During 2011, CONSOL Energy Inc. announced net proved reserve adds through extensions and discoveries of 517 Bcf. The company's estimate of 2011 drilling and completion costs incurred and directly attributable to extensions and discoveries was $237.4 million. This number, when divided by the extensions and discoveries of 517 Bcf, yields a drill bit finding and development cost of $0.47 per mcf. CONSOL Energy attributes this excellent result to superb geology, continued refinement of drilling and completion technology, and its held-by-production (HBP) acreage in the Marcellus Shale. The HBP acreage enables the company to achieve economies of scale by drilling multiple wells from the same pad. During 2011, CONSOL Energy believes it achieved an industry first in the Marcellus Shale, by drilling 10 wells from its Hutchinson pad, in northwestern Westmoreland County, Pa.
CONSOL Energy also replaced 528 percent of gas production, when considering all increases from extensions and discoveries (517 Bcf), as well as performance (306 Bcf) and price (-10 Bcf) revisions. Production in 2011 was 154 Bcf (net to CONSOL).
Total proved reserves, as of December 31, 2011, were 3.480 Tcf. This represents a 7 percent decrease versus the 3.732 Tcf at year-end 2010. However, 2011 proved reserves would have been 911 Bcf higher than the 3,732 Bcf, had it not been for 531 Bcf related to the divestitures of the Antero overriding royalty interest and the joint venture with Noble Energy, and the elimination of 380 Bcf proved undeveloped reserves (PUDs) no longer expected to be developed within the next five years. The company is redirecting its drilling capital away from conventional and coalbed methane (CBM) formations and towards the Marcellus and Utica shales. In the future, if CONSOL decides to drill the conventional and CBM formations at a faster pace, these PUDs could return to the proved reserves.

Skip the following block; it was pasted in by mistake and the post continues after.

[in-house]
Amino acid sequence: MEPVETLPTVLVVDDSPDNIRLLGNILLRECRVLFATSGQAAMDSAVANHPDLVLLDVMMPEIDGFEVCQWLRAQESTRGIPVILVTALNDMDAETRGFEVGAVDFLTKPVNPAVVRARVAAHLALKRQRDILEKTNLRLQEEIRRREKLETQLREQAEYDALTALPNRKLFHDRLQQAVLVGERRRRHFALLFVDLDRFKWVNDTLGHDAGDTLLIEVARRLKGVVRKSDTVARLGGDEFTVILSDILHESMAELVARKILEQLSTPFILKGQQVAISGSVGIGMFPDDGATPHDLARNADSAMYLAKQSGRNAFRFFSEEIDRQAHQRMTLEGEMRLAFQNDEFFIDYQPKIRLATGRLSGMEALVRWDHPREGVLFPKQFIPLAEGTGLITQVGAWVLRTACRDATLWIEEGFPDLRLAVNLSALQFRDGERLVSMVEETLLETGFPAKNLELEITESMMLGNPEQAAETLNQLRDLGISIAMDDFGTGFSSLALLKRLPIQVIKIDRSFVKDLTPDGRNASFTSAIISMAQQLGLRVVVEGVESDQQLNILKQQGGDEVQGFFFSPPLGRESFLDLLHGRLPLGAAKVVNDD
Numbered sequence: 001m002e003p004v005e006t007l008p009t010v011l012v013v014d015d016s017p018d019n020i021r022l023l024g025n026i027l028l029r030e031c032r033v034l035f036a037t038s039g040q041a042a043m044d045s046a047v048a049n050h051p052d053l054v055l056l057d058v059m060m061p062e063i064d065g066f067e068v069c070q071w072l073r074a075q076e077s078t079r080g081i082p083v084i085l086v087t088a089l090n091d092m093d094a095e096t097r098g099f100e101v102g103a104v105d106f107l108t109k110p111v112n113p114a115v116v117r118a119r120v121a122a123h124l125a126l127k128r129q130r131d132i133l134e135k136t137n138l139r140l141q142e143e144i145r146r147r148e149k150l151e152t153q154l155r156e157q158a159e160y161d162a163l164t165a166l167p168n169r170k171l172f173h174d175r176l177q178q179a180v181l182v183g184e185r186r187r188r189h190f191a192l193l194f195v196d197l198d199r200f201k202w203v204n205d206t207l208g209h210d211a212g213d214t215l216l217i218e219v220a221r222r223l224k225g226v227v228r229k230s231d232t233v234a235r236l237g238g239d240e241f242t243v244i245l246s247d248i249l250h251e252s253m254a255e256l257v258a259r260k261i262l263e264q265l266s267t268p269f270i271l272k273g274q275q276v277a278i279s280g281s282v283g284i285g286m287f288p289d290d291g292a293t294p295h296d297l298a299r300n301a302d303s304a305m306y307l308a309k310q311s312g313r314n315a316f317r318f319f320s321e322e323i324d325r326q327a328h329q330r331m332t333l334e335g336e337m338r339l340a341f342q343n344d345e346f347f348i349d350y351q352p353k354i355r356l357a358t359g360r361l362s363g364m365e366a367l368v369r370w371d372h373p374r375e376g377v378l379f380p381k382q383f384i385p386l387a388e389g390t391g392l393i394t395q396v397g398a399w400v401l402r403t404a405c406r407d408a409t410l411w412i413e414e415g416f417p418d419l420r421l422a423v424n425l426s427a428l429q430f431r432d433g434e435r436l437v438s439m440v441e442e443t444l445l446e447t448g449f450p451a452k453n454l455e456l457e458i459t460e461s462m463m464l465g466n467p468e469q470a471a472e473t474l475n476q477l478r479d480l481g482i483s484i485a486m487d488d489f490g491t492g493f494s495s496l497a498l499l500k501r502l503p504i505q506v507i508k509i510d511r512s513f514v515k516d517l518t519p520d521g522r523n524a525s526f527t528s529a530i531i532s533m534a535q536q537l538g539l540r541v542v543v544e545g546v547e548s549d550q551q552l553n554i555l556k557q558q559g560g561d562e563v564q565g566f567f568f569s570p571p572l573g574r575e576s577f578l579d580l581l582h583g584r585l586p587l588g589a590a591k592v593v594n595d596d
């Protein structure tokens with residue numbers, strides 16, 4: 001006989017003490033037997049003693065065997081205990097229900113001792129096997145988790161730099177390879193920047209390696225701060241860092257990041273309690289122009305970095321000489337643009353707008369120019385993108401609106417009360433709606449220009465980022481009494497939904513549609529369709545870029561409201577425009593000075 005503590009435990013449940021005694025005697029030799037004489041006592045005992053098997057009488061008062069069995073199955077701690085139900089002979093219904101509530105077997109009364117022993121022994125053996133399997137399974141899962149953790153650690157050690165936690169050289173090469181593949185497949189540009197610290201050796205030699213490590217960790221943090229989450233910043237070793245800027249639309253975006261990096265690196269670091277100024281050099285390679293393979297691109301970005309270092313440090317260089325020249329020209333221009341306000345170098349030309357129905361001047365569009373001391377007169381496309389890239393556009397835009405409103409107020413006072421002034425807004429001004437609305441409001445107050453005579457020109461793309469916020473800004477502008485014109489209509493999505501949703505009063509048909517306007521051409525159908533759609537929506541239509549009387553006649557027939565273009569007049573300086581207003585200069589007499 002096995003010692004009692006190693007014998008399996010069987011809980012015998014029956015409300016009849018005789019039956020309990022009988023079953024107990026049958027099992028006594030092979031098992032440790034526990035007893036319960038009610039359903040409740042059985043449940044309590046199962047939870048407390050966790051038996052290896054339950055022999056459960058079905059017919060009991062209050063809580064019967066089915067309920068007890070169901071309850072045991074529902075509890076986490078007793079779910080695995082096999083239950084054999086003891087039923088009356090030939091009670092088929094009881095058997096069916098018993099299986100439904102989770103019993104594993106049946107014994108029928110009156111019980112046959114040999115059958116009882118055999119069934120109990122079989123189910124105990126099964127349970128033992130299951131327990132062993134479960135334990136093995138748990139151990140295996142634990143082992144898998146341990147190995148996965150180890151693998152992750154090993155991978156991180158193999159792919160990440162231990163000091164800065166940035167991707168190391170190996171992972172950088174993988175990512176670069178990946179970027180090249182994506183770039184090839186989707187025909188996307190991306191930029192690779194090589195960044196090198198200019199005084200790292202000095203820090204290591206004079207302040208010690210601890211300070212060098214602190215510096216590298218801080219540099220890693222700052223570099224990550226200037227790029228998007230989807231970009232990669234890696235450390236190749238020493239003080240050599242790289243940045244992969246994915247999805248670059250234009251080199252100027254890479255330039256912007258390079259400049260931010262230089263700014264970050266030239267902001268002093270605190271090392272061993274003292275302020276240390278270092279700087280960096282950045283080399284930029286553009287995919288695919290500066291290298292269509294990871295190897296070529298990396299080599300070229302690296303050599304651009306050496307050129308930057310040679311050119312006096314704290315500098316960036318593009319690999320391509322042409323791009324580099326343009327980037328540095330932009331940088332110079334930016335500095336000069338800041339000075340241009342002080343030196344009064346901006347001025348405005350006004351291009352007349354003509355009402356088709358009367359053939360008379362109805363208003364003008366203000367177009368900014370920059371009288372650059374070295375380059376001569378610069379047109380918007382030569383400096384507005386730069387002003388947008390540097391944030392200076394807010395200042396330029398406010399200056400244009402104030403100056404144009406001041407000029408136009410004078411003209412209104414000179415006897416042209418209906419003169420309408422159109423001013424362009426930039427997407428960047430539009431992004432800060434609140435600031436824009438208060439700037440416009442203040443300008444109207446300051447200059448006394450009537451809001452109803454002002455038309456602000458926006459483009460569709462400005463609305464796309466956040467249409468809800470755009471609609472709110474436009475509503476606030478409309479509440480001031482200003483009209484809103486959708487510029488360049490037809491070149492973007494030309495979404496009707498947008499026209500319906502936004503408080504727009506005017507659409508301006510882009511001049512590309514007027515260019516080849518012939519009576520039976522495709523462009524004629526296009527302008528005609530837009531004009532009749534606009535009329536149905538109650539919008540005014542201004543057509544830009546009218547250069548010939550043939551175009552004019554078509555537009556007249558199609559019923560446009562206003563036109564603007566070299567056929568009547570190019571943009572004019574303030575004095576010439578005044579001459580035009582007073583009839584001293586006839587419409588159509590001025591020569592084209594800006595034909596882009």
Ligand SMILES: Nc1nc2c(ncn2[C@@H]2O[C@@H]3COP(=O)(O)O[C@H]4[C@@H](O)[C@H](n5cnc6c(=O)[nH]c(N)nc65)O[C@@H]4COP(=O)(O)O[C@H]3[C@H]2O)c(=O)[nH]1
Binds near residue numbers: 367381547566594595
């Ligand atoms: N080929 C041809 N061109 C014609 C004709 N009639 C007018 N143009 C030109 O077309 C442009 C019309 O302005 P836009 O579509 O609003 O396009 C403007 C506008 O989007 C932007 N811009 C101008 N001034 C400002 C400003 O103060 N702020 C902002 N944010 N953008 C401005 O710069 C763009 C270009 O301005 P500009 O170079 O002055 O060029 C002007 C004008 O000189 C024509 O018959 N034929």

Performance revisions to proved developed producing (PDPs) increased reserves by 306 Bcf, as wells drilled before 2011 produced above earlier expectations. No reserves were added through purchases, as the company did not complete any proved property acquisitions in 2011. Price revisions decreased proved reserves by 10 Bcf.
The proved reserve estimate for 2011 was prepared by CONSOL Energy and audited by Netherland, Sewell & Associates, Inc. The following table shows the summary of changes in reserves. Over 99 percent of the company's proved reserves are gas.
On January 17, 2012, CONSOL reported 78 horizontal wells were drilled and 57 wells were turned online in the Marcellus Shale last year. Total well costs averaged $5.0 million. The expected ultimate recovery (EUR) averaged 5.2 Bcf per well. The average drilled lateral was 3,850 feet, with an average treated portion of 3,367 feet. Maximum 24-hour production averaged 5.0 MMcf per well per day, while 30-day production averaged 3.5 MMcf per well per day. Total daily production from the Marcellus Shale grew from 40 MMcf per day as of December 31, 2010 to 77.5 MMcf per day (net to CONSOL) as of December 31, 2011.
The reserves from our 2011 Marcellus Shale program averaged 5.2 Bcf per well. When one considers that CONSOL's treated laterals averaged 3,367 feet, this means that the company booked about 1.55 Bcf of reserves for every 1,000 feet of lateral.
Year-end 2011 proved reserves were only 39 percent proved undeveloped, as compared to 48 percent at year-end 2010.
The company also has total proved, probable, and possible reserves (also known as "3P reserves") of 20.2 Tcf as of December 31, 2011. This is an increase of 5.9 Tcf, or 41 percent, in 3P reserves from the 14.3 Tcf reported at year-end 2010. This increase is even more impressive when one considers that the company sold one-half of its Marcellus position during 2011. There could be further upside, too, because the 3P reserves are not assuming any contribution from the Utica Shale. The company's 3P reserves have been determined in accordance with the guidelines of the Society of Petroleum Engineers Petroleum Resources Management System (SPE-PRMS).
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